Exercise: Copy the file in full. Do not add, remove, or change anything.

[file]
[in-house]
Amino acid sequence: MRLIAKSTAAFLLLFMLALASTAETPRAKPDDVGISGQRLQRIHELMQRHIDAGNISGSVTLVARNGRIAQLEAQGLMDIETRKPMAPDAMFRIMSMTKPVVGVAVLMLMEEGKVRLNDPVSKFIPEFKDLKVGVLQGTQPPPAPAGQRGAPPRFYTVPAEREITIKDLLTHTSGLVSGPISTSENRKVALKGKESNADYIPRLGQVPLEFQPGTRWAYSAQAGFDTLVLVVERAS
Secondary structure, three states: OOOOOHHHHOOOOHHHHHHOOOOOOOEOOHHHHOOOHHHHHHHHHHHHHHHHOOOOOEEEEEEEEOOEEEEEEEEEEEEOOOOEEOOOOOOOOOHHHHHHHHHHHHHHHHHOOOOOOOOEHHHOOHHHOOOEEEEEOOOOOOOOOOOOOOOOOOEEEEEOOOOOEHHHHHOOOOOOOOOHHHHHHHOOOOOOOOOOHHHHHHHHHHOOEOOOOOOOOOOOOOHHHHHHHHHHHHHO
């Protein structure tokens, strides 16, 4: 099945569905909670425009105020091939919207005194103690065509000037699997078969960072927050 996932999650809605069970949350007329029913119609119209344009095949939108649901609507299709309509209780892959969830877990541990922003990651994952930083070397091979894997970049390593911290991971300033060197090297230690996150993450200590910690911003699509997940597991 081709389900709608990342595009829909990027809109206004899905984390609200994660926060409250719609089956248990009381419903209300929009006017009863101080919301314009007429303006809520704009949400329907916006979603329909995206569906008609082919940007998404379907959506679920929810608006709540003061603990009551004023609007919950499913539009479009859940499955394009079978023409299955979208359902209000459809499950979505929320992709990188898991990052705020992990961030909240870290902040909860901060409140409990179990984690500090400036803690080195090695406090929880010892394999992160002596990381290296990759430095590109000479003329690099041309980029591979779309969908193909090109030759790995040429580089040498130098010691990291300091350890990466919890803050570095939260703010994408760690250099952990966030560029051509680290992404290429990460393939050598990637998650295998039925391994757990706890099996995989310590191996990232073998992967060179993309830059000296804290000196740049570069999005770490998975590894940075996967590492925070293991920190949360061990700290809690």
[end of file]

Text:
[in-house]
Amino acid sequence: MRLIAKSTAAFLLLFMLALASTAETPRAKPDDVGISGQRLQRIHELMQRHIDAGNISGSVTLVARNGRIAQLEAQGLMDIETRKPMAPDAMFRIMSMTKPVVGVAVLMLMEEGKVRLNDPVSKFIPEFKDLKVGVLQGTQPPPAPAGQRGAPPRFYTVPAEREITIKDLLTHTSGLVSGPISTSENRKVALKGKESNADYIPRLGQVPLEFQPGTRWAYSAQAGFDTLVLVVERAS
Secondary structure, three states: OOOOOHHHHOOOOHHHHHHOOOOOOOEOOHHHHOOOHHHHHHHHHHHHHHHHOOOOOEEEEEEEEOOEEEEEEEEEEEEOOOOEEOOOOOOOOOHHHHHHHHHHHHHHHHHOOOOOOOOEHHHOOHHHOOOEEEEEOOOOOOOOOOOOOOOOOOEEEEEOOOOOEHHHHHOOOOOOOOOHHHHHHHOOOOOOOOOOHHHHHHHHHHOOEOOOOOOOOOOOOOHHHHHHHHHHHHHO
């Protein structure tokens, strides 16, 4: 099945569905909670425009105020091939919207005194103690065509000037699997078969960072927050 996932999650809605069970949350007329029913119609119209344009095949939108649901609507299709309509209780892959969830877990541990922003990651994952930083070397091979894997970049390593911290991971300033060197090297230690996150993450200590910690911003699509997940597991 081709389900709608990342595009829909990027809109206004899905984390609200994660926060409250719609089956248990009381419903209300929009006017009863101080919301314009007429303006809520704009949400329907916006979603329909995206569906008609082919940007998404379907959506679920929810608006709540003061603990009551004023609007919950499913539009479009859940499955394009079978023409299955979208359902209000459809499950979505929320992709990188898991990052705020992990961030909240870290902040909860901060409140409990179990984690500090400036803690080195090695406090929880010892394999992160002596990381290296990759430095590109000479003329690099041309980029591979779309969908193909090109030759790995040429580089040498130098010691990291300091350890990466919890803050570095939260703010994408760690250099952990966030560029051509680290992404290429990460393939050598990637998650295998039925391994757990706890099996995989310590191996990232073998992967060179993309830059000296804290000196740049570069999005770490998975590894940075996967590492925070293991920190949360061990700290809690």